(2015 - Director: David Robert Mitchell Cast: Maika Monroe, Keir Gilchrist)
What impresses me most about the sure-to-be-instant-cult-classic It Follows, is the respect it has for its audience’s intelligence. The premise is simple and established almost right from the beginning. It’s typical in that it follows a group of teenagers as they band together and try to escape a vague, but haunting, curse. It Follows is a great example of how not to let plot, or mythology, get in the way of a feature script. We don’t need a lot of answers. We don’t have time to even ask questions. We’re placed in an unsettling world with chilling visuals and we’re too busy being scared about what’s around the corner to really ask why.
It Follows takes its sweet time to raise the stakes. It’s scary because everything is hidden in plain sight. We see it, and yet, we can’t do anything about it. Director David Robert Mitchell (The Myth of the American Sleepover) covers many scenes so that we see entire spaces, either through long pans, tracking shots, or zooms. His lingering camera becomes a character all on its own. It heightens our awareness that something is out there, somewhere, coming toward us. There aren’t any jump cuts or sound cues doing all the work like you see in most other horror films. It Follows is your worst nightmare. It’s unavoidable death creeping toward you one step at a time.
It Follows is a teenager flick. In fact, adults are almost completely absent throughout this film. I think that’s a deliberate statement about these teenagers’ reliance on authority, or lack thereof. There are no dumb characters in this film. "It" is intelligent in that it shape shifts and adapts to barriers. Every kid is intelligent. We see them read classic novels, watch classic movies, attending college classes. These aren’t your run of the mill horror flick teenagers. These are thoughtful characters that strategize, communicate, and protect one another.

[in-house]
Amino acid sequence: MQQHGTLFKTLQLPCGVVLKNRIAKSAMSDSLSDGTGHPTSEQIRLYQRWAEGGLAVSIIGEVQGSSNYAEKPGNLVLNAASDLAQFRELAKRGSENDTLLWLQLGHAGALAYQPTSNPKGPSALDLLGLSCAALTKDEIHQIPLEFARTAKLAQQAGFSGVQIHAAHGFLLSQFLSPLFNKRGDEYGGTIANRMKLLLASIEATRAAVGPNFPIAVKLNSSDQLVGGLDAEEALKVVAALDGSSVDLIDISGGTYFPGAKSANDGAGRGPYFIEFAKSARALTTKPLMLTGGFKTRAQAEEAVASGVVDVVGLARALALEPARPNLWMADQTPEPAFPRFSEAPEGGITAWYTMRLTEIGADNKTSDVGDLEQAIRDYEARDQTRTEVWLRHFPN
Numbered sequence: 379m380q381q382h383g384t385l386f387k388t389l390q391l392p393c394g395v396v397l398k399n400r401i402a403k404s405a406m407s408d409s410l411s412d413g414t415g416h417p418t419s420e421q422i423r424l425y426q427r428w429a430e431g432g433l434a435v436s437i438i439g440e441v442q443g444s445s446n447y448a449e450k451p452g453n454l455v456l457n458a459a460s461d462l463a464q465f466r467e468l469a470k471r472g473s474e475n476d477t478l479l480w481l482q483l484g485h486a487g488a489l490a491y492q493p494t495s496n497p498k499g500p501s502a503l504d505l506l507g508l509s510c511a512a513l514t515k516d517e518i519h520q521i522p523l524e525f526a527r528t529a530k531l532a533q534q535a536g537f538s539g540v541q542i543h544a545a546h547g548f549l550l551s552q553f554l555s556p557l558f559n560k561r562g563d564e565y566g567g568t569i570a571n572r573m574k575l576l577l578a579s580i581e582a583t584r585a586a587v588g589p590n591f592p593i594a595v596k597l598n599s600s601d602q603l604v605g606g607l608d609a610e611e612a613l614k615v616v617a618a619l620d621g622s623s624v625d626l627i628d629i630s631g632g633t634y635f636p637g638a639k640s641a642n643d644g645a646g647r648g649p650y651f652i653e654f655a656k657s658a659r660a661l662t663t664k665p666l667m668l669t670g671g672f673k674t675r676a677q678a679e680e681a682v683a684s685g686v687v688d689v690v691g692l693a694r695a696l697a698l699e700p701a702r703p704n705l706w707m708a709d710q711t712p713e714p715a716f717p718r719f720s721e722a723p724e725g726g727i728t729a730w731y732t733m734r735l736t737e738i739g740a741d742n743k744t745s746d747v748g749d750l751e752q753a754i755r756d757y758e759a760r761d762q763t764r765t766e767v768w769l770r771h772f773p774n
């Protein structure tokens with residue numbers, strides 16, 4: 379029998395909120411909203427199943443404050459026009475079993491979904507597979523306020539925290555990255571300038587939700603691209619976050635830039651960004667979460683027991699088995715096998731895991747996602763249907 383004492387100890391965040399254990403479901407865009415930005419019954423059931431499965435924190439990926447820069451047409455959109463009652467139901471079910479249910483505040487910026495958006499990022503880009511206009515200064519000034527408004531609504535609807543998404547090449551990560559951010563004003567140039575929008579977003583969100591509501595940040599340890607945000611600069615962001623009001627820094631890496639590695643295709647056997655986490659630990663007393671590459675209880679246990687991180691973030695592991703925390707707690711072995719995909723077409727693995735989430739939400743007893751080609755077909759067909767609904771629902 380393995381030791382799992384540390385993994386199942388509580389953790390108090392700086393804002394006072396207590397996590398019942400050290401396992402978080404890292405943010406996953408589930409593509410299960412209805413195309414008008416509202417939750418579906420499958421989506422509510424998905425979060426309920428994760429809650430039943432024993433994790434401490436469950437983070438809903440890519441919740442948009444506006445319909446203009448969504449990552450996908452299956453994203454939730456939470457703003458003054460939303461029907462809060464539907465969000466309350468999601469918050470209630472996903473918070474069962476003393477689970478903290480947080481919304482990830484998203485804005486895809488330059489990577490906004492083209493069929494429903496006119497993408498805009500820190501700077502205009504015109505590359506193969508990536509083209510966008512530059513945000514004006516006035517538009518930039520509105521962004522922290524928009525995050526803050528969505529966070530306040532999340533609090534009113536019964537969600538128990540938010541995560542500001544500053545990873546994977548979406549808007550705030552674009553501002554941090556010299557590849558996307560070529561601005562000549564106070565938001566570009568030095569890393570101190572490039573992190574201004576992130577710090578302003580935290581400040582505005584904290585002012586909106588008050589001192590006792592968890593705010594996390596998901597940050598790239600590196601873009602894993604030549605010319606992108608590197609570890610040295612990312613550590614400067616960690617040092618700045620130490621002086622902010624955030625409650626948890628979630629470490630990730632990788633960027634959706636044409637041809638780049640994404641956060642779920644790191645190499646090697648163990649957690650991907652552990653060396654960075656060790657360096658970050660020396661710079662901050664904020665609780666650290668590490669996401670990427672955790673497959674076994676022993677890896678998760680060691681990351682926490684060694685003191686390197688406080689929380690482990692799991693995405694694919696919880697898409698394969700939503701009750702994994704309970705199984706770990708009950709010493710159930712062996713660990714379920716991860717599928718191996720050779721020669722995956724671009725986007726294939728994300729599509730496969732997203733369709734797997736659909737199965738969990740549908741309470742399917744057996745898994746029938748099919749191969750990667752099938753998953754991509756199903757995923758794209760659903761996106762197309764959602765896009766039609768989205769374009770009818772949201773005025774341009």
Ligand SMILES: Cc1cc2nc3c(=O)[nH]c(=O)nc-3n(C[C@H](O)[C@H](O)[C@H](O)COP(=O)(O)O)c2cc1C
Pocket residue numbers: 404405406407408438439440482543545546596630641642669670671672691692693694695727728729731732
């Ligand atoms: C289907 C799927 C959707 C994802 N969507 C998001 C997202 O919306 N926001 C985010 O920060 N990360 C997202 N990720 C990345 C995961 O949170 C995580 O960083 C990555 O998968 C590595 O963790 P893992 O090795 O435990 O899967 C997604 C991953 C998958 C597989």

Having parents (or any adults) play a major role in this film would have made the sexual relationships seem rebellious. But the sex in this film never feels rebellious. And that’s the point. If they were rebellious, and passed on the curse through intercourse, then that would have had a completely different meaning. Teenagers having sex is viewed as completely normal in this film, which is interesting considering the threat is transformed through sex. The film doesn’t glorify underage sex, nor does it demonize it. The threat becomes an extreme STD where if you get it, you’re doomed to death until you transfer it to your next lover. And even then your life will always be in danger. You will always live in fear. I think a greater message about teenager promiscuity, or adolescent crisis, can easily be felt, but it isn’t necessary for this film to work. The direction, and score (oh man this music score is awesome!) demand your attention. It’s not even so much a horror film as it is a fantastic suspense film. Nevertheless, It Follows becomes a truly immersive cinematic experience and it shouldn’t be missed.